Slide towards rescue of DNA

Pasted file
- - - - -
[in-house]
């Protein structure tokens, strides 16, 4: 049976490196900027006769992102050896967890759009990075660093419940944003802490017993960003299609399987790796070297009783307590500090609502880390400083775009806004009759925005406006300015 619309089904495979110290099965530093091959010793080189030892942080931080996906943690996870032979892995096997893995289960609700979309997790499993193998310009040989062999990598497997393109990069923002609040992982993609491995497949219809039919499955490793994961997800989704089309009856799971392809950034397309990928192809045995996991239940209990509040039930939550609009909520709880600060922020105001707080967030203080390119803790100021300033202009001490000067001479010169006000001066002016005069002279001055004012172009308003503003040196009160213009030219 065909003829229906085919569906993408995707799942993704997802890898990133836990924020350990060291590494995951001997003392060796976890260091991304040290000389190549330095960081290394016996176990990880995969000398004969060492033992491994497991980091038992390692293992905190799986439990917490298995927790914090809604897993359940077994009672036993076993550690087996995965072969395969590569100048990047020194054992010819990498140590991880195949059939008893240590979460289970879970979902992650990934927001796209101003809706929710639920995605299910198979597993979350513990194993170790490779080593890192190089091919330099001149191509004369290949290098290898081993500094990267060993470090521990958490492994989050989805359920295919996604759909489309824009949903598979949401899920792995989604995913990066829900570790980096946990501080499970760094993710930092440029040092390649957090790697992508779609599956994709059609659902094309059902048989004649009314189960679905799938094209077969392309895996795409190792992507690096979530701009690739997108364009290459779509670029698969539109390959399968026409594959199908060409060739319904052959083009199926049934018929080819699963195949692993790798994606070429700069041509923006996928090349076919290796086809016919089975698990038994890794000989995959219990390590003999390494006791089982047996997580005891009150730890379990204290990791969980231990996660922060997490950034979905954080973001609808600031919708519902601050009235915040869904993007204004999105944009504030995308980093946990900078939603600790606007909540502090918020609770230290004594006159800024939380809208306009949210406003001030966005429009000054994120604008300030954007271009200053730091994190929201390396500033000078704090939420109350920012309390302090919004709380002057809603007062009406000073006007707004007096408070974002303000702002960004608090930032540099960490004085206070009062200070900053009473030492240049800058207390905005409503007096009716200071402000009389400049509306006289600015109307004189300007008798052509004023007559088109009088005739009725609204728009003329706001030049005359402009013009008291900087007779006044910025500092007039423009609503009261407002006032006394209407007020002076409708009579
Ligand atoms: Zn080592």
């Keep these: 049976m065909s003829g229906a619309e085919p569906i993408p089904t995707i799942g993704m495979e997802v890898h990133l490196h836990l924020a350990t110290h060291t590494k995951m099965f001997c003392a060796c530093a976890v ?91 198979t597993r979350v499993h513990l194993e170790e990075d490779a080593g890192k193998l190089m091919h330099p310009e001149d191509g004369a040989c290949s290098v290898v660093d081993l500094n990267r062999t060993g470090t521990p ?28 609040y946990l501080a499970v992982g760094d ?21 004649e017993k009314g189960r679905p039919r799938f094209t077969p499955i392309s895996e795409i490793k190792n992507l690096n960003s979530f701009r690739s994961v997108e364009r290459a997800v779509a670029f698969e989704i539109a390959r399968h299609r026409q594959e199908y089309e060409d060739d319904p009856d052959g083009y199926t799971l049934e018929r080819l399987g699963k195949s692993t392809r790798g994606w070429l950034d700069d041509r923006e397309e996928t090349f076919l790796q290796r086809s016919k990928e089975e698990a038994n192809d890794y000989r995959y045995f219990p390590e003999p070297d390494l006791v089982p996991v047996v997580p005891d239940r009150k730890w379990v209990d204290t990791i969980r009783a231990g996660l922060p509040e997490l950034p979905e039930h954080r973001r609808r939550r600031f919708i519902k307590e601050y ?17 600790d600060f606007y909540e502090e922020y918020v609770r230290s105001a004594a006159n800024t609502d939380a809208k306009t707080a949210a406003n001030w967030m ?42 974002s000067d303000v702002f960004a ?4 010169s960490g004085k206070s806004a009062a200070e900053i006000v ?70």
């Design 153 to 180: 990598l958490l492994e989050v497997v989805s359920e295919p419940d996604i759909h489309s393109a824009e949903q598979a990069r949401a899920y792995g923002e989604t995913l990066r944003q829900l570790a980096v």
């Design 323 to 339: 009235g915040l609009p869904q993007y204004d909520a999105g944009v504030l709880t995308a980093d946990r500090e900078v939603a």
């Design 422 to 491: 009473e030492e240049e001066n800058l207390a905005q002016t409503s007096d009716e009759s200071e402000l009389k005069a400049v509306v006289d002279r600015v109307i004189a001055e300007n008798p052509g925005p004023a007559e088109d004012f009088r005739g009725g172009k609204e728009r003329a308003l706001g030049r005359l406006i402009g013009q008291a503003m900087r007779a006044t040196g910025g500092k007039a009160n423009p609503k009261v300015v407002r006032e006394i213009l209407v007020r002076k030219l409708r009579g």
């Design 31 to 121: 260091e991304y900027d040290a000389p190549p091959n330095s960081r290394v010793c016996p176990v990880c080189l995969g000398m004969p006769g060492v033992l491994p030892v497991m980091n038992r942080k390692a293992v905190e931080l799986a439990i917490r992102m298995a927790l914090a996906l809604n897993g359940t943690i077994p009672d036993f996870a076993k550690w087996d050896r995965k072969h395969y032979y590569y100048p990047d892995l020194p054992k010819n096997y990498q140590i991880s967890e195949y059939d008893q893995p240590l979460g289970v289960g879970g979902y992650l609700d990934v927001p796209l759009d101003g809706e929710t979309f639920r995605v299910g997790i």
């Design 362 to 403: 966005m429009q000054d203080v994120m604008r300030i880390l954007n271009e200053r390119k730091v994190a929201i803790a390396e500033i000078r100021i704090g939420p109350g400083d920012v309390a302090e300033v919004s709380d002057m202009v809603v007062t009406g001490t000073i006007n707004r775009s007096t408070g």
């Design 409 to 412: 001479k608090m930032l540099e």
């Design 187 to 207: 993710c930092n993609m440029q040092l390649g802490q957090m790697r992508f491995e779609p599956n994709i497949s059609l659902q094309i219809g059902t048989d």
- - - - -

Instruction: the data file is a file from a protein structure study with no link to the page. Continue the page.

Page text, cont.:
Did you know that a single human being makes about 1 light year of DNA during a lifetime? Because the DNA is under constant assault, for example by sunlight, or by errors in DNA synthesis it suffers often damage. If not repaired, the damage can lead to aging, cancer and genetic disease. One important way to fix the DNA damage is called 'homologous recombination'. A damaged DNA sequence needs to find its counterpart with complementary, but intact sequence. A filament of protein called RecA formed on the damaged DNA mediates this process, but it has been unclear how RecA finds the complementary sequence in the sea of millions of possible DNA strands. Researchers led by Prof. Taekjip Ha reported in the inaugural issue of open access journal eLife, (jointly sponsored by Howard Hughes Medical Institute, Wellcome Trust and Max Planck Society) that RecA filament slides on DNA strands and this one dimensional search can make the search for the matching sequence up to 200 fold faster. Scientists in Columbia University wrote an accompanying commentary and posted a stop motion animation on youtube. Journal Cell highlighted the paper in their Leading Edge section on Genome Instability. You can also learn more about the work from U. of I press release and from watching an Aspen Public Lecture by Professor Ha.